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Tuesday, December 31, 2013

From There and Then to Here and Now: 2013

End of the road: Heading to Fairmont Chateau Lake Louise in Alberta, Canada.
Photograph by Weng Ho.

So, here we are on the last day of 2013. 
Time for reflections.  Time for the bullet points.  
Here are some of my personal high- and low-lights:
  • Moved in February for the 13th time in 13 consecutive years, this time to Kowloon into the nicest apartment we've ever rented in our entire adult lives.
  • Participated in the first of my many (quarter) marathons to come.
  • Lost five pounds.
  • Gained eight pounds.
  • Travelled to new cities: Chicago (work,) Pasadena (work,) Guangzhou (work,) Haining (definitely work,) Taipei (weekend vacay,) Banff and Lake Louise (definitely vacay.) 
  • Succumbed to gadget envy and finally broke away from an eight-year relationship with Blackberry to get a new Samsung S4.
  • Wishing now that I'd not deserted my Blackberry and its wonderful keyboard for the lure of some shiny Android apps.
  • Celebrated Weng's birthday in Tokyo.
  • Got my eyesight back to 20/20 for the first time in three decades through Lasik surgery.
  • Binge-watched entire latest seasons of Breaking Bad, The Returned, The Big Bang Theory, Dexter, True Blood, Scandal, Grey's Anatomy, Downton Abbey, The Good Wife, The Walking Dead, The Vampire Diaries, Revenge, House of Cards, Pretty Little Liars, Sons of Anarchy, Game of Thrones, Survivor, The Newsroom, Homeland, The Americans, Once Upon a Time.
  • Drove nearly 2000 km on a picturesque road trip from Vancouver to Banff and back.
  • Had a super scare from Weng's medical crisis in British Columbia.
  • Hired three superstar regional PR directors.
  • Kicked out our tenant who had left our Singapore apartment in a deplorably filthy state.
  • Started classes at Pure Yoga but finally did my first inversion, if only for a few seconds, with the help of master Suresh of Yoga Kalari.
  • Learned to Stand-Up Paddle on tepid Hong Kong waters.
  • After 17 (!) years, reunited with my talented entrepreneurial cousin - inventor of Easy Daysies Magnetic Schedules - in Vancouver, and finally met her photographer husband and three incredibly well-behaved kids.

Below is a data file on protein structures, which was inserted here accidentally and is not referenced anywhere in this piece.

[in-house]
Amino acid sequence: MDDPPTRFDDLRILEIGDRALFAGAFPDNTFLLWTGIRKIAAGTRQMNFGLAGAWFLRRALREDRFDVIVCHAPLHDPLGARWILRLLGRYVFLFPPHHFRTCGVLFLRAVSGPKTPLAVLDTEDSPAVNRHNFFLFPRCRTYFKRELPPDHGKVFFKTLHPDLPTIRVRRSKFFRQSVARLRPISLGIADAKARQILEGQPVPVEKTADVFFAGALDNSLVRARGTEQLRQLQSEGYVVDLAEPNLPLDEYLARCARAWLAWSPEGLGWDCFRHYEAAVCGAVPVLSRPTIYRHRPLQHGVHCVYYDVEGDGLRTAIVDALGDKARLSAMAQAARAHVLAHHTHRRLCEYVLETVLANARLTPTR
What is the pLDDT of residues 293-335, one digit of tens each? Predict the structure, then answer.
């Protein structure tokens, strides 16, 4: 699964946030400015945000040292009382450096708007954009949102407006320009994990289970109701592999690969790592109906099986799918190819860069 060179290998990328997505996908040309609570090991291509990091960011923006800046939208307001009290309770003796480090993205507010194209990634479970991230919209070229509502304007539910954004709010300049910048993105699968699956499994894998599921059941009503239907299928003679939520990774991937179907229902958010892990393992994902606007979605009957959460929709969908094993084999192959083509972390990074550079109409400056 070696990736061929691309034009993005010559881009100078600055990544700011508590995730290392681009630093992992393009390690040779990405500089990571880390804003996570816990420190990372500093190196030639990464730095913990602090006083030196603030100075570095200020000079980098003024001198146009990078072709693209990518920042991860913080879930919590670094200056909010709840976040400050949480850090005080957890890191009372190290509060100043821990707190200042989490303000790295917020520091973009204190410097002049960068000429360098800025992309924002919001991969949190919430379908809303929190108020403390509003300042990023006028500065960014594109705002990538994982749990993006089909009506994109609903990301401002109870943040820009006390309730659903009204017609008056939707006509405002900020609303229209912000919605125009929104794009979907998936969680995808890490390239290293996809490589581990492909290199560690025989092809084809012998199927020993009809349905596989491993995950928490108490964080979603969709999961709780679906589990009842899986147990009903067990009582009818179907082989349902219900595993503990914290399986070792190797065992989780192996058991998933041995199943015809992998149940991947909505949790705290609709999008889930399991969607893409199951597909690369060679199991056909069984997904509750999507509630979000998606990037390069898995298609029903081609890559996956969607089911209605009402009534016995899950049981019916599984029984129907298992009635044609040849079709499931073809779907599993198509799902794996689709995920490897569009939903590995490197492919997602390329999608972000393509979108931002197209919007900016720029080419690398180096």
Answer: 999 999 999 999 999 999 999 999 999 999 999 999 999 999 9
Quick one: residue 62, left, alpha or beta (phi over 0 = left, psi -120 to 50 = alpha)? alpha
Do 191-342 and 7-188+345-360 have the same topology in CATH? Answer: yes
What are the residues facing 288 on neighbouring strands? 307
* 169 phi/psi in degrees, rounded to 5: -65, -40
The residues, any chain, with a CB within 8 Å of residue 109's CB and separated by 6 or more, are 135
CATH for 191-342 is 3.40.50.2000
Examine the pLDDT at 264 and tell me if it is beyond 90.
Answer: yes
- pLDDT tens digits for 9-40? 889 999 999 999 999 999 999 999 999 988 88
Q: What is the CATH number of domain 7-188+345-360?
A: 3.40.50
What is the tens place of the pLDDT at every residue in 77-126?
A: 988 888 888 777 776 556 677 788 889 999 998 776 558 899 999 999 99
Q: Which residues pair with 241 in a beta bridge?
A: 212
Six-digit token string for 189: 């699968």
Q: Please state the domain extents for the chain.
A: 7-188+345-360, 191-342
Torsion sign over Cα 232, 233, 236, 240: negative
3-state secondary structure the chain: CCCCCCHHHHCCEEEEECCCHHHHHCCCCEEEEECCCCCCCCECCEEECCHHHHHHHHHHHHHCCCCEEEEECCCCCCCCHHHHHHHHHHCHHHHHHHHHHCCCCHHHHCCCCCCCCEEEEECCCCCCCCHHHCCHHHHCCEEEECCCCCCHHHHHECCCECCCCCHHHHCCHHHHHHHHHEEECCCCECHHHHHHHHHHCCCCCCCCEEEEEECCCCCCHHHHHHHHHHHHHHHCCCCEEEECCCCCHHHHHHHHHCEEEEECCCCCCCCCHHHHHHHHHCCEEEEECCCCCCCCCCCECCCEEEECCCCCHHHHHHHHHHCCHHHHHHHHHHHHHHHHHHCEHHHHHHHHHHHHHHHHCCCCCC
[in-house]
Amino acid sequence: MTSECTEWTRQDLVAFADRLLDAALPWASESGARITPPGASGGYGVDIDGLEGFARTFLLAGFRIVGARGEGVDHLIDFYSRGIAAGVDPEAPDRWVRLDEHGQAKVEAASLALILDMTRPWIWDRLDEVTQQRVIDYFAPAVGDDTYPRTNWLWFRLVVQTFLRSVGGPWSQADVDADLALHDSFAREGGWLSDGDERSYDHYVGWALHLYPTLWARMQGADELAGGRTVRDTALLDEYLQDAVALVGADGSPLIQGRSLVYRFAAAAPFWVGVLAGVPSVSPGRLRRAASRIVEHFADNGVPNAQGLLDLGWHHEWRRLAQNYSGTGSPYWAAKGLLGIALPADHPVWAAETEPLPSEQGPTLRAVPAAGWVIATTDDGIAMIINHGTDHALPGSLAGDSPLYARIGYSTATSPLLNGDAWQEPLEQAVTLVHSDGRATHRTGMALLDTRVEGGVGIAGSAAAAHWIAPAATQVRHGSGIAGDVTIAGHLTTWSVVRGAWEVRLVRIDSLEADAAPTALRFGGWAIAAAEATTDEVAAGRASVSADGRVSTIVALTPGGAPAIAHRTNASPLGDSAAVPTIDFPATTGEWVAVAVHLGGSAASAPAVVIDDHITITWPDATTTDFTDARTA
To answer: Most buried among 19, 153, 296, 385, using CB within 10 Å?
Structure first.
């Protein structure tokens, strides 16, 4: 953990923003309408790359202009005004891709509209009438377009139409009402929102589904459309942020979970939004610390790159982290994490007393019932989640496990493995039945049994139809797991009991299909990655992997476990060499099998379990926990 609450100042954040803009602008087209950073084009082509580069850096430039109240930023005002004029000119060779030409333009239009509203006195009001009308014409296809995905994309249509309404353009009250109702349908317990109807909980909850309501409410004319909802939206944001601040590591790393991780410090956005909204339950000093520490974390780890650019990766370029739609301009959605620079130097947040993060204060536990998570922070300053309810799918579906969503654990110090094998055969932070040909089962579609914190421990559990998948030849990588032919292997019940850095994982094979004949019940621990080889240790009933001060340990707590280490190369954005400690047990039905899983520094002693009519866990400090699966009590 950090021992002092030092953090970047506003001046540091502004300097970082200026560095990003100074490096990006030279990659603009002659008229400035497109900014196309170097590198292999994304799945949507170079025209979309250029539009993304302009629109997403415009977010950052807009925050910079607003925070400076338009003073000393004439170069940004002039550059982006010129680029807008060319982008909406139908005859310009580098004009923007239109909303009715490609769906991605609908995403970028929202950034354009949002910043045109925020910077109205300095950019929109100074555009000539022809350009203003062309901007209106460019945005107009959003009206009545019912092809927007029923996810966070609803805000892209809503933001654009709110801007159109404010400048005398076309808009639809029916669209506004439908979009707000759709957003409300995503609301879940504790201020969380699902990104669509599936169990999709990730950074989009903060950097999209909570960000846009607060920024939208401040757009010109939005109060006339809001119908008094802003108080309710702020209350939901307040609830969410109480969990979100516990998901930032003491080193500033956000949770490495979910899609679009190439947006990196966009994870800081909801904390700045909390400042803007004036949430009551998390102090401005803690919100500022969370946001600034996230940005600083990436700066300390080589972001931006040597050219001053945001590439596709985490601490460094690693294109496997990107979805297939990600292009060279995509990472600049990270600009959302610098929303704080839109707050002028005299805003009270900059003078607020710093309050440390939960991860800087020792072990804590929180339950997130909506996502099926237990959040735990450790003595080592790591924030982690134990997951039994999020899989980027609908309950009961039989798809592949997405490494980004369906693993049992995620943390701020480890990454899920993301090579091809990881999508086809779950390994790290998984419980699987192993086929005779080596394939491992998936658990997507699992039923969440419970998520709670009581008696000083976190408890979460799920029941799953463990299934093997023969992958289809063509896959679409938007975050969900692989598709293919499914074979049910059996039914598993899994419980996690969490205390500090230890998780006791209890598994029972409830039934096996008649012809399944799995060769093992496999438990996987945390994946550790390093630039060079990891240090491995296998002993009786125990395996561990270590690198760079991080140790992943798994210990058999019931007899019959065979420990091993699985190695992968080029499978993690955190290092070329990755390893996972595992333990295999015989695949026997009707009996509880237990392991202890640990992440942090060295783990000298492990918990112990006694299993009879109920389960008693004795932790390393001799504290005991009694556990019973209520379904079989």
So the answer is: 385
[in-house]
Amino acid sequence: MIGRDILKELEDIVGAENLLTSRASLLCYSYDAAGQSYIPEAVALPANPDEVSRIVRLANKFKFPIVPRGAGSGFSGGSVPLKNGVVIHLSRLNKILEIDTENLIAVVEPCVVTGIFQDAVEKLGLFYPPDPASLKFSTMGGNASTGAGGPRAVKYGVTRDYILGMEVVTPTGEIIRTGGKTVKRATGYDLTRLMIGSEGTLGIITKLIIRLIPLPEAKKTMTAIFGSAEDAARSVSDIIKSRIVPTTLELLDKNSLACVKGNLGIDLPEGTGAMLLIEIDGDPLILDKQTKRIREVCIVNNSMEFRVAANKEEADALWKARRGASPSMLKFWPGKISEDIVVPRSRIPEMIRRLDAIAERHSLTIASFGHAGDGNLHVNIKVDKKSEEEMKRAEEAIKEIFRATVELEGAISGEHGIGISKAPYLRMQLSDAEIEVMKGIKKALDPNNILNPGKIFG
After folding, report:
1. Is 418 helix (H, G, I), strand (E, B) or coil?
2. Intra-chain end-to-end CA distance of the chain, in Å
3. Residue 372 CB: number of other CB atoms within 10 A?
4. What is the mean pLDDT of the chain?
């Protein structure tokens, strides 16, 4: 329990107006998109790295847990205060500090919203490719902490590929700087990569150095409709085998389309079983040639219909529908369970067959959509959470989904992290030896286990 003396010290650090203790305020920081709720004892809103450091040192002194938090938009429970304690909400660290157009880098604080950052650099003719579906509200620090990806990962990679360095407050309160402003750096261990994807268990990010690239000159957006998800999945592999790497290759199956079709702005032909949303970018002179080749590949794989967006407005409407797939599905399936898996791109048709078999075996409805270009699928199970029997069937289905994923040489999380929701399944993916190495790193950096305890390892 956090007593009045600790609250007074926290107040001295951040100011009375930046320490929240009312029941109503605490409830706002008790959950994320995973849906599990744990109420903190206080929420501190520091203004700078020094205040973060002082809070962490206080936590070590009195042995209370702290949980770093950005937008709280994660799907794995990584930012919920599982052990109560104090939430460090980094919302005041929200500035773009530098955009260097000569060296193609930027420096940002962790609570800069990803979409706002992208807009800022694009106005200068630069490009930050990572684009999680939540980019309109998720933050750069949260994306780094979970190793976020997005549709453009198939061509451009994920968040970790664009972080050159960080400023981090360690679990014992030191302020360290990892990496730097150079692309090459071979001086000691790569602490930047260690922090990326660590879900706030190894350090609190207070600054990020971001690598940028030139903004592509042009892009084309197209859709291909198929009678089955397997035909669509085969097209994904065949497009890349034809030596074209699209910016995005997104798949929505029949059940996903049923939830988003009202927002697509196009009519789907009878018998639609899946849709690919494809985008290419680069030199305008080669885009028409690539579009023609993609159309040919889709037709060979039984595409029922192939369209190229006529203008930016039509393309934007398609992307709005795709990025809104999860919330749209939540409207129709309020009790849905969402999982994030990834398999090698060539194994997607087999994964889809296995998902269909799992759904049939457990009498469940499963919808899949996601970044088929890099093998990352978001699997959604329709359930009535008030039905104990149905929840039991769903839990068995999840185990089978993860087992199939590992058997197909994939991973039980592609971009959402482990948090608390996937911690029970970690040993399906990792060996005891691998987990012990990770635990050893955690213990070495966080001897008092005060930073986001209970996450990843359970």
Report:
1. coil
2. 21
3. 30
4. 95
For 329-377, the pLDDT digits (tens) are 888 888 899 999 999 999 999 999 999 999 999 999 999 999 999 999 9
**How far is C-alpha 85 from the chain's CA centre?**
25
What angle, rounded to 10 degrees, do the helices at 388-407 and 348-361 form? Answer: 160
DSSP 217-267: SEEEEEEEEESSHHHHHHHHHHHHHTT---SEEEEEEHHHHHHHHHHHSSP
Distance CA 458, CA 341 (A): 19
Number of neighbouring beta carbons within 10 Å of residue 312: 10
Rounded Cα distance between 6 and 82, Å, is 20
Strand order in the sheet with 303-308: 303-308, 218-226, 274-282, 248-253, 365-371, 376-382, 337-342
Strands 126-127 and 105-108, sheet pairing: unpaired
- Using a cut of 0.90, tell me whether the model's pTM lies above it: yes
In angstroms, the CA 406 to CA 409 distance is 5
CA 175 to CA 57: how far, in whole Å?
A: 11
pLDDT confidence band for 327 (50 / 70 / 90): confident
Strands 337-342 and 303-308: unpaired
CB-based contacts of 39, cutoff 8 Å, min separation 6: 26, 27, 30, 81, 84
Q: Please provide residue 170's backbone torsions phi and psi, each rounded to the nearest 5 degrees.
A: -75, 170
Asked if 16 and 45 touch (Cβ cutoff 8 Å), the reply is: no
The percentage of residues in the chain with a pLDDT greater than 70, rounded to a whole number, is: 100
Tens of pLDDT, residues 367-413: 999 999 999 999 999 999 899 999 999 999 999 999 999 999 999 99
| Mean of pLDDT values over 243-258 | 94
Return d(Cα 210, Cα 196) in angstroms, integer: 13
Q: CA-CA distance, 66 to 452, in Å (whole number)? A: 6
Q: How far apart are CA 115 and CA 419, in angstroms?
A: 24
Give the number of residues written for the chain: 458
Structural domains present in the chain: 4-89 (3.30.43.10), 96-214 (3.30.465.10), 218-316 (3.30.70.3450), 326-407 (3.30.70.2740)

• Got to see my parents twice this year in Toronto - a definite bonus.
  • Ate the famous Cat Mountain King durian for the very first time.

  • Said goodbye to and forever missing our sweet beloved goofy Emma who has been on 12 years' worth of adventure, excitement, exasperation, countless chewed toys and bedlinens, and much, much love with us.

    As always,
    I'm truly grateful everyday for what I'm lucky to have in my life:
    some common sense
    a good life
    good times
    I wish you all of these and so much more.
    Happy 2014.
Emma: 2001 to 2013


Sunday, December 8, 2013

Penang Bridge International Marathon - 17 November 2013 - 10K

I'd picked this marathon for the reasons I'd outlined here, but signing up for it in July and actually being there on 17 November are two totally different things; and up until, oh, about a month prior to the actual event, I was even in a bit of a denial mode over how (un)fit I was for this entire exercise - pun fully intended.

For one thing, I am not a runner.  I'm not even a jogger.  The only footrace in which I've ever participated ended in disaster.  And that, my friends, was way back in the 70's, when I was a wee mite in kindergarten.

Picture this: it was Sports Day; the whole school turned out; the teachers were there; my parents were there; everybody's parents were there.  I was roped in - I certainly didn't volunteer - to take part in a bizarre foot race where my fellow six-year old classmates (one of whom had stabbed me in the friggin' forehead with a 2B pencil a few months back, but I digress) had to run about 50 metres in our own respective lanes, put on an assortment of old clothing consisting of a hat, a man's shirt, and high heels, and make a mad dash of the remaining 50 metres to the finish line.  The top three finishers received a prize.